“Come on,” Kier encouraged, taking my helmet off me. We wove our way around the maze of cars and bypassed the queue at the main entrance to go around the back. Kieran banged on a door hard, and a few seconds later, flashed two passes at the enormous guy in a black security t-shirt, and we were in. Somehow, I thought that the only people back here would be the fighters and their coaches, but I was wrong. People filled the hallways chatting, drinking, and walking around on their mobile phones. Whatever I expected, it wasn’t this. I was lost in the sea of red doorways when Kier walked into one, dragging me with him. Shutting it behind him, I could see Danny kneeling down and wrapping O’Connell’s hands.

“Hey, sunshine.” O’Connell grinned, and his face lit up.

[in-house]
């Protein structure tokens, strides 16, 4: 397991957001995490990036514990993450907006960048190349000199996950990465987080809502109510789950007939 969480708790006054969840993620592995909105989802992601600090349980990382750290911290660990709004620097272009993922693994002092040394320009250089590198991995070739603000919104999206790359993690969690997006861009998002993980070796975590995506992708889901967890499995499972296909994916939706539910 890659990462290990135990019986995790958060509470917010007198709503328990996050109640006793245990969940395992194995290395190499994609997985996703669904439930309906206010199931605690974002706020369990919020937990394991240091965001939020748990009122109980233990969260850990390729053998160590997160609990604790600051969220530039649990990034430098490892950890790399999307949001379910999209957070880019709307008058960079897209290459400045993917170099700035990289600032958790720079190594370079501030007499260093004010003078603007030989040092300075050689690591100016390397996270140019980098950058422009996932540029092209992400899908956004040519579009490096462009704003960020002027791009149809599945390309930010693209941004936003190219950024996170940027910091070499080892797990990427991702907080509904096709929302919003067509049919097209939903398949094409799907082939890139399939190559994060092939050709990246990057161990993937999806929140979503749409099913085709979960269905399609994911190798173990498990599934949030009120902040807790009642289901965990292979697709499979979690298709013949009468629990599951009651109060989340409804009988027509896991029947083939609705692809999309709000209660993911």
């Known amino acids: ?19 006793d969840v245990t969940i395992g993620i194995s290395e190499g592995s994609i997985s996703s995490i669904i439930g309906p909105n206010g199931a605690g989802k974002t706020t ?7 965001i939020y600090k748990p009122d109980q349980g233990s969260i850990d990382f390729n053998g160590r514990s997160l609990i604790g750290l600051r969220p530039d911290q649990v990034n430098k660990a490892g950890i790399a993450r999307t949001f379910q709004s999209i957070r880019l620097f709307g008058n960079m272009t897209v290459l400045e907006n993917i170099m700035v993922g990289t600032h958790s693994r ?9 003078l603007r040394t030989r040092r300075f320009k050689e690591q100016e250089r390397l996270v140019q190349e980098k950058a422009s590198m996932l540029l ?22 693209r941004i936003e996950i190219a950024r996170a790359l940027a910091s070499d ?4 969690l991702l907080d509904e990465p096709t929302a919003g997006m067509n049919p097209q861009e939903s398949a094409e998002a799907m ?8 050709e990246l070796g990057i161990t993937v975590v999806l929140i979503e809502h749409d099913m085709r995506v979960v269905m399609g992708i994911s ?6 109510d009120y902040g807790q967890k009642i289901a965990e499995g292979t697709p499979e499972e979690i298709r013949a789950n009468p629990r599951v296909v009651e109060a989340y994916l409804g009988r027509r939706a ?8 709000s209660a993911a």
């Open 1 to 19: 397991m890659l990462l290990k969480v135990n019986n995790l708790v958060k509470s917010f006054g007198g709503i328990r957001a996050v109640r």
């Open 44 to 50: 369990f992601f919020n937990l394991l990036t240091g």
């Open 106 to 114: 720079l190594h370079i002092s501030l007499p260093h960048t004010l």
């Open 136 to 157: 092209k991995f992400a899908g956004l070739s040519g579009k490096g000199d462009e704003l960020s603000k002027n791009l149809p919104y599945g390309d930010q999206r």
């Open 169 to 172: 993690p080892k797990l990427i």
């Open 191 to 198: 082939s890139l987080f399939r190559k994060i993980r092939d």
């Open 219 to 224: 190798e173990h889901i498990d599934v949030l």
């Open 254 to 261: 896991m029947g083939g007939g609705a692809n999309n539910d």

“Hi, O’Connell.” Tommy, Mac, and a few of the other guys all filled the room, but no one else looked as nervous as I felt. Not knowing what to do with myself, I sat down on the bench next to him. He clenched and unclenched his fists when Danny finished wrapping them. Jumping up and down like his feet were on springs, he bounced around to warm up and started shadow boxing in the corner. Danny brought out pads, and they practiced a few combinations between them. With every hit, my anxiety got worse. Pretty soon those wouldn’t be pads, but another trained fighter whose only mission was to take down and hurt the man that I cared for. I understood why Kieran thought O’Connell had this in the bag. Any sign of last night’s nerves were gone. He exuded confidence, and it convinced the guys around him that he was infallible. I couldn’t share their euphoria. O’Connell was huge, but so was the guy he was fighting. His sculpted physique was rock hard, but it was still skin and muscle, and the pain when they ripped and bruised over and over would take its toll. Every time I imagined how the fight would go, I remembered every punch, slap, and kick I’d ever taken. I imagined Frank beating me, and the snap of bones that would take months to heal. Then, I imagined O’Connell in my place, and I couldn’t take it anymore. As inconspicuously as I could, I made my way to the bathroom adjoining the changing room, knelt down over the toilet, and vomited. As soon as I could get myself together, I wiped my mouth and cleaned up as best I could. My flushed red face was a giveaway, and I was a stone’s throw away from vomiting again when there was a gentle knock at the door.